The program plan provided with the grant application should include a rationale for use of the grant, a proposed budget, an assessment plan, and expected outcomes, including a plan for ensuring sustainability of the recipient’s commitment to advancing contemplative pedagogy.
Examples of activities that could be supported by the Contemplative Pedagogy and Teaching and Learning Grants:
- Sub-grants to faculty for course development
- TLC consultation with faculty in course development
- A weeklong on-campus course design institute
- Planning and creation for Centers for Contemplative Pedagogy
- Faculty learning communities
- Sub-grants to faculty who wish to participate in CMind’s annual Summer Session on Contemplative Pedagogy
- Invited speakers
To apply for a Contemplative Pedagogy and Teaching and Learning grant, please email the following materials as a .doc, .docx, or .pdf document to email@example.com:
- Proposal cover sheet (download it here)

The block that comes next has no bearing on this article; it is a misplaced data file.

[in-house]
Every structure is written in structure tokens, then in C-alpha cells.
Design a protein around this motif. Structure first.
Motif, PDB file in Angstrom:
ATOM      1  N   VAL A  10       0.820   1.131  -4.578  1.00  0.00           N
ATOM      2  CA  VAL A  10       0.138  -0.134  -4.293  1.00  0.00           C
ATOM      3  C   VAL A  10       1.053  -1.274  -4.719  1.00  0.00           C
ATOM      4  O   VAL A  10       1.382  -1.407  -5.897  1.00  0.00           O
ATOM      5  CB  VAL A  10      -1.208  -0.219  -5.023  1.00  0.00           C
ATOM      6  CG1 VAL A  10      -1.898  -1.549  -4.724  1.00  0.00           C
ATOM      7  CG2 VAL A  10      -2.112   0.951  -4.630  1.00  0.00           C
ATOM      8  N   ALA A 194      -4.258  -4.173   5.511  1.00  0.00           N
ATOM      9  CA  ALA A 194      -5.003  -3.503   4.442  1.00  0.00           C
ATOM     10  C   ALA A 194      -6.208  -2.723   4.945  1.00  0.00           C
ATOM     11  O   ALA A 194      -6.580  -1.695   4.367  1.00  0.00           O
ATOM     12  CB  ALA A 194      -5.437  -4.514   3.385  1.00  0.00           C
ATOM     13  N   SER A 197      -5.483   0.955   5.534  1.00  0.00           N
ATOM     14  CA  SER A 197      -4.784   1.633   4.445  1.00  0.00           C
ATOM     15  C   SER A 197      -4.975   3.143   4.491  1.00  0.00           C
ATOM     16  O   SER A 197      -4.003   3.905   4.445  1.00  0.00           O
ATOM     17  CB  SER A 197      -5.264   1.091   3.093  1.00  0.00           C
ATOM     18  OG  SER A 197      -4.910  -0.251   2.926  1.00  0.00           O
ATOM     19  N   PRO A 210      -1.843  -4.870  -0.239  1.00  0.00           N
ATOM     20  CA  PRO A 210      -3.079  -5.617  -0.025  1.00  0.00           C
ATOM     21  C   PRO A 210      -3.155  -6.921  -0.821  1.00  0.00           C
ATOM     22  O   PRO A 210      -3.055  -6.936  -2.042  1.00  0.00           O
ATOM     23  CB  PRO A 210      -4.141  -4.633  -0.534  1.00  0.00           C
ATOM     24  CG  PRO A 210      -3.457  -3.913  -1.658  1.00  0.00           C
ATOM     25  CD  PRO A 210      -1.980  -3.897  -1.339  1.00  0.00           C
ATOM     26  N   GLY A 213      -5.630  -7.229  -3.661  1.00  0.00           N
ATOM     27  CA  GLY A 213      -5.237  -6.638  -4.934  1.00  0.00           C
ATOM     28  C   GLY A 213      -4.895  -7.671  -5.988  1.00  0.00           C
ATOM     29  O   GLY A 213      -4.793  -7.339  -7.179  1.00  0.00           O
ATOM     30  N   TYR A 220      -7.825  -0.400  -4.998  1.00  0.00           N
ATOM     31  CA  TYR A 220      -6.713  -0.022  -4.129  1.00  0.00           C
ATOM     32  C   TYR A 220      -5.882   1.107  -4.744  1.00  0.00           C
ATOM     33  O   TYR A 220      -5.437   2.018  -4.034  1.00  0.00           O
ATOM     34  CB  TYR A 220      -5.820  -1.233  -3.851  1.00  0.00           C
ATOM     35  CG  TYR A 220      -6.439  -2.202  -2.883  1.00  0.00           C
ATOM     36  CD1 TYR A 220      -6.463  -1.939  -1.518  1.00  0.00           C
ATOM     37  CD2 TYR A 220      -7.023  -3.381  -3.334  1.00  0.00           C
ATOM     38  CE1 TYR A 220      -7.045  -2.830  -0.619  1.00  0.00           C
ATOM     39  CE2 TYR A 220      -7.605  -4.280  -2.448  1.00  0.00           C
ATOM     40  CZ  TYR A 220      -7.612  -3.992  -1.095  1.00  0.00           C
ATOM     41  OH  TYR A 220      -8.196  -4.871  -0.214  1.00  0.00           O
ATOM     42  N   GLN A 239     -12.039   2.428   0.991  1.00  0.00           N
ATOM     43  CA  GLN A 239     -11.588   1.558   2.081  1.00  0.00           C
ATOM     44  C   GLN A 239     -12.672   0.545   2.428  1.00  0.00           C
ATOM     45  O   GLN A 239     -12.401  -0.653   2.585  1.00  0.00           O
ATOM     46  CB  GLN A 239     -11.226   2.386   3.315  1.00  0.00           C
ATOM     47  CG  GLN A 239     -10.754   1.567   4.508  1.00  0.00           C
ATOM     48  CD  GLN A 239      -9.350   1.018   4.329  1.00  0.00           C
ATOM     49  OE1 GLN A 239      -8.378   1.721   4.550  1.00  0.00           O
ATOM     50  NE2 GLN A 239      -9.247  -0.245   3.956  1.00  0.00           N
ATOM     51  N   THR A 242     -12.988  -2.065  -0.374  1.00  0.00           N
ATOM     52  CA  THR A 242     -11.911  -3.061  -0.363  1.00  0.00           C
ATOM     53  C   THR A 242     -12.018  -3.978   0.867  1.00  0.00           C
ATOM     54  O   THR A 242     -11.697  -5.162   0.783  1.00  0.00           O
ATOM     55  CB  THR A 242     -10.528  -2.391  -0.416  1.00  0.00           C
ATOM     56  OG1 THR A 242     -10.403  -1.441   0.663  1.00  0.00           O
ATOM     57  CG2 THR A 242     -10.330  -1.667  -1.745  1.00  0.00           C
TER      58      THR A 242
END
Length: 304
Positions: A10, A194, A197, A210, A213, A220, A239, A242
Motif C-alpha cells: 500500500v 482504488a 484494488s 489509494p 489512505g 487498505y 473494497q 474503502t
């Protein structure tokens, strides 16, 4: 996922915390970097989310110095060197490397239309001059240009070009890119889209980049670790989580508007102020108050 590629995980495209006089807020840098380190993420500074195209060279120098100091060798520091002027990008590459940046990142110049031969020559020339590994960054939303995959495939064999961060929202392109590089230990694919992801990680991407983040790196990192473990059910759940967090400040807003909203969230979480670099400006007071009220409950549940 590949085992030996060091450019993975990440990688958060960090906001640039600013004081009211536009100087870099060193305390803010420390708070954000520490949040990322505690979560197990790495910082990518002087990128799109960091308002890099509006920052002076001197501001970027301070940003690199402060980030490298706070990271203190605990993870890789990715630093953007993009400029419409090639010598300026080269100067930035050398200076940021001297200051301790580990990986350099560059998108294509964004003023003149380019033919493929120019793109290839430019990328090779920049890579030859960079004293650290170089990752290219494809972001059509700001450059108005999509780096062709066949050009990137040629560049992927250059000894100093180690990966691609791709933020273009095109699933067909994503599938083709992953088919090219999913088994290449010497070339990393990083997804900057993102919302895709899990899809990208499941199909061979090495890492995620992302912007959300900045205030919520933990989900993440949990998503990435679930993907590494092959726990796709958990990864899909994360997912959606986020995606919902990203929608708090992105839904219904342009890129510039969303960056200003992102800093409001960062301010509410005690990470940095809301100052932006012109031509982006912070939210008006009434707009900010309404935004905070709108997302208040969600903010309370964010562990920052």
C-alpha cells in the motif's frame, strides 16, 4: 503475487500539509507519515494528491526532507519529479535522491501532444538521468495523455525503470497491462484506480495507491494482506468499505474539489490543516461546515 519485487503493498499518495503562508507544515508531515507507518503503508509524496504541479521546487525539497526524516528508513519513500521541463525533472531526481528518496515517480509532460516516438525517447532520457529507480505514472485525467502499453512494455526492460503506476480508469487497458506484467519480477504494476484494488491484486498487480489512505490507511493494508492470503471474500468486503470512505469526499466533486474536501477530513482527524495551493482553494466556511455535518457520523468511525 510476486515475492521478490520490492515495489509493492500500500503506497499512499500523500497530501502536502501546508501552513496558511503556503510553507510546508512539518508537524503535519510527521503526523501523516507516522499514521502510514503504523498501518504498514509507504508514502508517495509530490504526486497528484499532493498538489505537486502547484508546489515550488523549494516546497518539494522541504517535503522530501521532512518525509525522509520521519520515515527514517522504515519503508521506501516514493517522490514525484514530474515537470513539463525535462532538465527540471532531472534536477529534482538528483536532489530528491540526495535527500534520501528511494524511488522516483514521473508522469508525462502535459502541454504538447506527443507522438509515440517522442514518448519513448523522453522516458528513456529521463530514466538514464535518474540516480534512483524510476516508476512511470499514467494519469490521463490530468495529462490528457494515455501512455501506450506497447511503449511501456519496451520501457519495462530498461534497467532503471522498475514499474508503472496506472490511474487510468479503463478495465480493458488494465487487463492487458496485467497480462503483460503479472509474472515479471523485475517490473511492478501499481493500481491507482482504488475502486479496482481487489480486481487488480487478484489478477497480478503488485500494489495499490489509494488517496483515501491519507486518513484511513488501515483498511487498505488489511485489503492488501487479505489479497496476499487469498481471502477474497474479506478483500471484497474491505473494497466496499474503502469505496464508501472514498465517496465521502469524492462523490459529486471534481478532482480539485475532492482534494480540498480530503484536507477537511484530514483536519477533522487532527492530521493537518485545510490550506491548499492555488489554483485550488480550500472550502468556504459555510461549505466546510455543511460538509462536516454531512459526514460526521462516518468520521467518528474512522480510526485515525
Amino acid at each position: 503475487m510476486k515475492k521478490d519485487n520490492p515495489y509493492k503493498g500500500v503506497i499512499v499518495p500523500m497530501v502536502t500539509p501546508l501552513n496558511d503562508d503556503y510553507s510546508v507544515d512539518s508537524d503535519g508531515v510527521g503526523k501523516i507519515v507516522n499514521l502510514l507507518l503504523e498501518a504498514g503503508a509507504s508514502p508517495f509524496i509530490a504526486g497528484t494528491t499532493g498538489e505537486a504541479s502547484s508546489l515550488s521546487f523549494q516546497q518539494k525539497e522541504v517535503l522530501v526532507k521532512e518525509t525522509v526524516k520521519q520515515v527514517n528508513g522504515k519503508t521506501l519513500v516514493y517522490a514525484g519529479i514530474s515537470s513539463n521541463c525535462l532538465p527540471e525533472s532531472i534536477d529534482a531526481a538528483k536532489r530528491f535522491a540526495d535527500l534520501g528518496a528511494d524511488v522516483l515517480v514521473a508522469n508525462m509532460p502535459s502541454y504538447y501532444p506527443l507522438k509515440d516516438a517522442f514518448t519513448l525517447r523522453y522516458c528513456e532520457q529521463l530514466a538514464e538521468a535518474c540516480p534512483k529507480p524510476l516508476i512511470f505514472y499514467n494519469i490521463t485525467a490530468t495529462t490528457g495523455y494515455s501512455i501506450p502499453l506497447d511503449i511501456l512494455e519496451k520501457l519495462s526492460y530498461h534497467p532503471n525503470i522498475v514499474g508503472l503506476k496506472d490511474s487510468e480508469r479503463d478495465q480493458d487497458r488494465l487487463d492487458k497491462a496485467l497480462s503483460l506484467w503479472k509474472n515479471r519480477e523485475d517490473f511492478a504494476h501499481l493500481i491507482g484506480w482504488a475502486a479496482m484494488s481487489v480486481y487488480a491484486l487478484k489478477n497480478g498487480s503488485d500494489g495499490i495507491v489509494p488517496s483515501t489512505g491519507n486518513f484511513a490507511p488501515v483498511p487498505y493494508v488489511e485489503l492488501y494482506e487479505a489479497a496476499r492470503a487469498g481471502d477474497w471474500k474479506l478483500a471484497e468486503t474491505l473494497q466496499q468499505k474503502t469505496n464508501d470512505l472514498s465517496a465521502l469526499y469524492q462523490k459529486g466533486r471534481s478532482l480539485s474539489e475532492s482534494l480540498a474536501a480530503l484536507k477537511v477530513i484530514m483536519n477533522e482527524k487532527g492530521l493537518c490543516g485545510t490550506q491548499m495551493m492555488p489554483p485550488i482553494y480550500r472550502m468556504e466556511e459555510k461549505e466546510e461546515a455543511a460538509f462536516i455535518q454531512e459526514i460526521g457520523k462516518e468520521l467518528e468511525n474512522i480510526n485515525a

- Proposal, including plan, rationale, and expected outcomes for TLC’s development of contemplative pedagogy. Proposals must include strategies for evaluating the effects of contemplative practice on educational outcomes, e.g., attention, understanding, connection and well-being, as well as how this will sustain the use of contemplative pedagogy after the grant period (1200 words maximum).
- A list of the TLC’s recent and scheduled programs (for the 2012-2013 and 2013-2014 academic years).
- Detailed budget (awards may not be used for salary, personnel, or general overhead).
All materials are due by April 11, 2014. Awards will be made by mid – May and the proposed programs should be initiated in the fall of 2014. An assessment report will be due to the Center for Contemplative Mind in Society in early 2015. More info on assessment reports will be forthcoming.
2. Invited Speaker Grants